• Most climate models used in the recently completed Intergovernmental Panel on Climate Change (IPCC) Fourth Assessment Report project a general trend toward drying in the semi-arid subtropics and increased precipitation in sub- polar latitudes over this century. Several studies suggest a trend toward increasing aridity in the Southwest U.S. during this period. Confidence in projections of regional precipitation and river runoff trends is much lower than for temperatures, and further research will be required to reduce the uncertainty in these projections and determine the implications for future U.S. droughts.

Figure 2. Percent of Conterminous United States in Severe Drought Based on Reconstructions from Long Tree-Ring Records

NOAA Priorities

• Applying advances in ocean/land/atmospheric observations, data assimilation, and modeling to improve drought outlooks.

• Improving understanding of the causes of droughts, as well as effects of land surface and vegetation feedbacks. • Improving drought monitoring, especially estimates of soil moisture and snow water storage.

• Incorporating real-time analysis and monitoring of precipitation, temperature, soil moisture, snowpack, vegetation/crop stress, and river levels into the drought early warning system.

• Improved understanding of the effects of increasing emissions of greenhouse gases and changing aerosol concentrations on drought frequency, severity, and projections of long-term trends in aridity.

• Incorporating paleo-hydrologic records into resource management and drought planning. • Determining effects of long-term temperature changes on drought severity and impacts. • Reducing uncertainty in climate model predictions and projections of regional precipitation and stream flow changes. • Creating a drought early warning capability to better serve the public and decision-makers through development of the National Integrated Drought Information System (NIDIS). NOAA leads NIDIS in collaboration with other federal agencies, state and local governments.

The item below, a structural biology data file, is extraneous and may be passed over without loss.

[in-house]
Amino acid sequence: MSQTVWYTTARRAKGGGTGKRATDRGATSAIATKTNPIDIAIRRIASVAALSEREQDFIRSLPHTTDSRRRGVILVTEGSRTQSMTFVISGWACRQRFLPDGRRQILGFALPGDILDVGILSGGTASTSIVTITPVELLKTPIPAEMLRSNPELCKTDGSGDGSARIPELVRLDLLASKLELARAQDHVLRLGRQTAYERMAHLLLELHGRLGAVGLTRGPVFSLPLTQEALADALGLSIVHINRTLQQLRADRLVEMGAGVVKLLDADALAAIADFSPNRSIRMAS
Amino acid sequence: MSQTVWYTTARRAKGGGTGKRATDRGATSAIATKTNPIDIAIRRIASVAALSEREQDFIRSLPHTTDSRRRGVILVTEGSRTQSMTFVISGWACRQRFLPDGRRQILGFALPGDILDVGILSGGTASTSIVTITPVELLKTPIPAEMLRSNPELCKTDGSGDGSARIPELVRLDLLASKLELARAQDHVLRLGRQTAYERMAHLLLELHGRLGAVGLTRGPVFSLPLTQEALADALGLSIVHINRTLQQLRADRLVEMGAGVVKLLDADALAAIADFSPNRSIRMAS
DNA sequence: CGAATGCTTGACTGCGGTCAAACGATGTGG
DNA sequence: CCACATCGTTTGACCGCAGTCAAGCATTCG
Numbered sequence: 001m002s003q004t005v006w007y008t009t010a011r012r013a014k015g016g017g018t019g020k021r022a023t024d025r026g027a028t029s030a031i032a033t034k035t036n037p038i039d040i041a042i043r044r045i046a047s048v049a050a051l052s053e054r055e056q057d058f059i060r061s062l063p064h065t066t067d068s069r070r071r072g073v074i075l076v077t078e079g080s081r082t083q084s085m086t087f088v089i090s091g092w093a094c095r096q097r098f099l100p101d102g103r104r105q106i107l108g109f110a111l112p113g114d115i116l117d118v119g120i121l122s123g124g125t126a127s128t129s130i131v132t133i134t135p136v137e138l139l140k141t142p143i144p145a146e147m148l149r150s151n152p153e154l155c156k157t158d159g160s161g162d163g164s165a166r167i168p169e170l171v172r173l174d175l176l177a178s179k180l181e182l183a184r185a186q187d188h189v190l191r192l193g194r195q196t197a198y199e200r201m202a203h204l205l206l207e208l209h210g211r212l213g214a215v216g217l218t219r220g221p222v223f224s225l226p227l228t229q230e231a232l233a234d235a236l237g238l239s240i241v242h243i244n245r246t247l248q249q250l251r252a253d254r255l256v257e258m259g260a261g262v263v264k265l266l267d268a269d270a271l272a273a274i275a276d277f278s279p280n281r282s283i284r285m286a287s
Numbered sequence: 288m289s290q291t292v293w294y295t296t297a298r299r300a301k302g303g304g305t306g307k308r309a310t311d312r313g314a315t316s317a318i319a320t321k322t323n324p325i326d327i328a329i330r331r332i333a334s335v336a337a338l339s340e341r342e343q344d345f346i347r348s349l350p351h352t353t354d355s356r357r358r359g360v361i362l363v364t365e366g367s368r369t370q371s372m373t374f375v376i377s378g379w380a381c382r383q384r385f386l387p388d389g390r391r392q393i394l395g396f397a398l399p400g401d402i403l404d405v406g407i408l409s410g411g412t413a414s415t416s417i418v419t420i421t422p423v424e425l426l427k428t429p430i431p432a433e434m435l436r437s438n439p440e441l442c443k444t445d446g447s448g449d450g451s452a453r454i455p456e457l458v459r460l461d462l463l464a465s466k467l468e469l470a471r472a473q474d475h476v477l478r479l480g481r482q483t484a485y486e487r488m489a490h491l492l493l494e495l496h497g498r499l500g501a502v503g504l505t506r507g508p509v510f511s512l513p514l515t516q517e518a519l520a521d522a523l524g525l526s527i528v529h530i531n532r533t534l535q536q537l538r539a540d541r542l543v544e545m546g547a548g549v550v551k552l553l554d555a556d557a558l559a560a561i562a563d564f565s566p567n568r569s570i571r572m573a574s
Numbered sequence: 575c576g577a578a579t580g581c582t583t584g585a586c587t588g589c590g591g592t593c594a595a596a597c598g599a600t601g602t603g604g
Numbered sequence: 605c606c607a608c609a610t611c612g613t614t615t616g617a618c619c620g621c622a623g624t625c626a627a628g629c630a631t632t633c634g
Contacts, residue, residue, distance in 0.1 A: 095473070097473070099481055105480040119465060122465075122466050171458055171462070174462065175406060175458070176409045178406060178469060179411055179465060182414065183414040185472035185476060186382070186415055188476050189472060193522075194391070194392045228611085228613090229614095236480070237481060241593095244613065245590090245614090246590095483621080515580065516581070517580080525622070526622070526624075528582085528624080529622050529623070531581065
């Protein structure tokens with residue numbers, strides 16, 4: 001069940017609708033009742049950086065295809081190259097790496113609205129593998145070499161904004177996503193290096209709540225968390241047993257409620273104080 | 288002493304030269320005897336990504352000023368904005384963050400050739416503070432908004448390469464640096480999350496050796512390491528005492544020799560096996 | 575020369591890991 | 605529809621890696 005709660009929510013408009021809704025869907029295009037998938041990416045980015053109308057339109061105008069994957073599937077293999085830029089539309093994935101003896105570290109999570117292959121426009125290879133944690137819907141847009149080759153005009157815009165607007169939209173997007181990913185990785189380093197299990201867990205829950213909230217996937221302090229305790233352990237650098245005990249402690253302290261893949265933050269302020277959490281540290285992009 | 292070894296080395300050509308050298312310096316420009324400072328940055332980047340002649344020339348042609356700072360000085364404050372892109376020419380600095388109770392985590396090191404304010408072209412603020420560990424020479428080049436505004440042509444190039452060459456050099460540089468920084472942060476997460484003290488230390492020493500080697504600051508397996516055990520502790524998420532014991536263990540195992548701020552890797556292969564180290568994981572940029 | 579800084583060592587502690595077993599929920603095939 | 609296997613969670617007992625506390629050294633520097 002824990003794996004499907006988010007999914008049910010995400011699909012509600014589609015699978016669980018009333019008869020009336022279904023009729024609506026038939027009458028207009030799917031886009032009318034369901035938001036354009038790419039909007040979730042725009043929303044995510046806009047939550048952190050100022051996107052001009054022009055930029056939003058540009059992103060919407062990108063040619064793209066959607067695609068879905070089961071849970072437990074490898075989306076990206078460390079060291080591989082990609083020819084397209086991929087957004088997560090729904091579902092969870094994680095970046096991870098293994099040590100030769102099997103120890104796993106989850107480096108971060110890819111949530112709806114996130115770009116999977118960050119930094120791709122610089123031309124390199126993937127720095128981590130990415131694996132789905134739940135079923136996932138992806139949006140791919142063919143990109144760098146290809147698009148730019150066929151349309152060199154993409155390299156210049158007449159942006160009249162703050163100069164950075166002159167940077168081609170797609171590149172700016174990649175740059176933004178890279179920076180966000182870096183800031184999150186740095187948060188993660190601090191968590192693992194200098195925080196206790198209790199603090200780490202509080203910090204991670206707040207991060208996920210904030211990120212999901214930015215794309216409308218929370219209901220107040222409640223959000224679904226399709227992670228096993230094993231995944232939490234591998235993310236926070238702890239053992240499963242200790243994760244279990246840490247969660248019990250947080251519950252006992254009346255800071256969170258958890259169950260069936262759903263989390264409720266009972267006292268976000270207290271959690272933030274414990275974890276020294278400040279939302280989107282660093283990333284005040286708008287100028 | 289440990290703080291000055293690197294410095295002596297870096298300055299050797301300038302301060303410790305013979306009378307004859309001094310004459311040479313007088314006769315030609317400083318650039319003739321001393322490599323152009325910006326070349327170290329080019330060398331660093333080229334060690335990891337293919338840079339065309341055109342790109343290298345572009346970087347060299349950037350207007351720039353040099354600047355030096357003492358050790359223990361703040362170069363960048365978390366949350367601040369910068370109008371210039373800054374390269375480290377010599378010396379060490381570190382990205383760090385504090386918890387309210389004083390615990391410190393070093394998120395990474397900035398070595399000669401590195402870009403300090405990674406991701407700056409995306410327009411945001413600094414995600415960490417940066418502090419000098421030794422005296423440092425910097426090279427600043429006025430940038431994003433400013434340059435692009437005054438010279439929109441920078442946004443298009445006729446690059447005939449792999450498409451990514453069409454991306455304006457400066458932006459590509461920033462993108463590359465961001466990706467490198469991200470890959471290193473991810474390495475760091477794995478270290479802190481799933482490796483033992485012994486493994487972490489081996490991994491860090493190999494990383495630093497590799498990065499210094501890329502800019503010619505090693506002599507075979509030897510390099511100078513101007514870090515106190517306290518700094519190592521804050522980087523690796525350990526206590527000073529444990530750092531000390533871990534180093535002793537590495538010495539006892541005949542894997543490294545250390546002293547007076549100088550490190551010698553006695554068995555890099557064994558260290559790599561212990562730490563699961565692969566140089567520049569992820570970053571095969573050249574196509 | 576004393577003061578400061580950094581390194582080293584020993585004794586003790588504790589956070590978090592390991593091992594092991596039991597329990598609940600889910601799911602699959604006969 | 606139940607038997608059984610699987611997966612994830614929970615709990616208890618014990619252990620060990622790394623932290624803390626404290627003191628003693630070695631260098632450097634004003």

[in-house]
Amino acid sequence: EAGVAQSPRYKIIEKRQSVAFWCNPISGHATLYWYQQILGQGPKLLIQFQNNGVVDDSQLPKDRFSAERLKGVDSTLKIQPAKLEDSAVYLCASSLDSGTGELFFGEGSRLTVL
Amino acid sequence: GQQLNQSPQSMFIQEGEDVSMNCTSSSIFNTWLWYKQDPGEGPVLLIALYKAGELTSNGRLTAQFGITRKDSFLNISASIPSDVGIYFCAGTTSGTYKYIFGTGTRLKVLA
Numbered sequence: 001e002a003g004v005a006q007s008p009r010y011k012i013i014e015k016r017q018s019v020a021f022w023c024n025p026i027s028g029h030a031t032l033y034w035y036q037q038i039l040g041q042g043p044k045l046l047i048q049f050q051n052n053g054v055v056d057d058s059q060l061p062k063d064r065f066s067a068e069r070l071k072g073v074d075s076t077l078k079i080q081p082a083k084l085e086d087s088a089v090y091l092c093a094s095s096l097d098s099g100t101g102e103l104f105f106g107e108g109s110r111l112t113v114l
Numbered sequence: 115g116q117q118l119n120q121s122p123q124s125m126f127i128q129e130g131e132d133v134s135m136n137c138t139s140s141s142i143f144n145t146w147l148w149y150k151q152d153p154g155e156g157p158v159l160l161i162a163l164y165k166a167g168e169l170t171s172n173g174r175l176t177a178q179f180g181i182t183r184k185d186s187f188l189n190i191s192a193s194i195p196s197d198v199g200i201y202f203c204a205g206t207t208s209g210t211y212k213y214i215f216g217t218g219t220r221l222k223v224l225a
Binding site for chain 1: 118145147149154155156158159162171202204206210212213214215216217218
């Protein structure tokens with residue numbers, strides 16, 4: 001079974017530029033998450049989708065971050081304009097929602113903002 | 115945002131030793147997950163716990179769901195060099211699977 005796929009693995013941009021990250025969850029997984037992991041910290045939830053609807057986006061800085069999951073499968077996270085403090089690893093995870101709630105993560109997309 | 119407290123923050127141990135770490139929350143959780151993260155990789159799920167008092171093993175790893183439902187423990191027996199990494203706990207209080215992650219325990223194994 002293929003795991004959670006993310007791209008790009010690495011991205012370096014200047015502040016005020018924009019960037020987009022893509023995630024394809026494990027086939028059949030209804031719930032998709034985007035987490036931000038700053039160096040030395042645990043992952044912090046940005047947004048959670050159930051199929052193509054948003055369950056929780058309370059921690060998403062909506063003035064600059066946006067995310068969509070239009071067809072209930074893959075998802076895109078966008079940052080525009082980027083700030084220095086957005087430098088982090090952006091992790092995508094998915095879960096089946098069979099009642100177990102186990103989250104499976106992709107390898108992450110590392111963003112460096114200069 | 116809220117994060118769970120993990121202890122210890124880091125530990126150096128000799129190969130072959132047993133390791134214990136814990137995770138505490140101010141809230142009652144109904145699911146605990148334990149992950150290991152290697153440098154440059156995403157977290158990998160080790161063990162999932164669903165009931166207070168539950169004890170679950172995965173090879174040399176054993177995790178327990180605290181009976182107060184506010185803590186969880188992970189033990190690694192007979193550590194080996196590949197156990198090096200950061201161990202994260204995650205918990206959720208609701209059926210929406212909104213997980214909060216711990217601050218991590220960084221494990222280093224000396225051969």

NOAA Resources for Additional Information

NWS Climate Prediction Center and Environmental Modeling Center – Intraseasonal to interannual climate variability modeling and outlooks; diagnostic studies of major climate anomalies; real time monitoring of climate; seasonal drought outlooks.

NWS River Forecast Centers, Office of Hydrological Development and National Operational Hydrological Remote Sensing Center – current river levels and flow volumes, plus their outlooks from days to months, and current U.S. snowpack conditions.

National Environmental Satellite, Data, and Information Service (NESDIS) National Climatic Data Center – Official archive for drought data sets; analyses of climate trends, monitoring and historical perspective on current seasons, and paleoclimatic reconstructions of drought.

NESDIS/ Center for Satellite Applications and Research – Global satellite vegetation indices for monitoring plant health.

Office of Oceanic and Atmospheric Research (OAR) Geophysical Fluid Dynamics Laboratory – Studies of long-term climate variability and change; development of climate models for use in multi-decadal climate projections and projections of climate change for the next 50 to 100 years.

OAR Earth System Research Laboratory – Research on causes of droughts and other high impact climate events; methods for improving climate analyses and forecasts; impacts assessments and regional applications of climate information.

OAR Air Resources Laboratory – Research on the bidirectional exchange of water between the land and atmosphere to improve models; high quality precipitation observations to detect trends.

OAR NOAA Climate Program Office – Competitive research support for developing a predictive understanding of the climate system and observational capabilities required for advancing NOAA climate services. Coordinates and supports the development of the NIDIS through the NIDIS Project Office. The NIDIS drought information portal is at http://www.drought.gov.

May 2008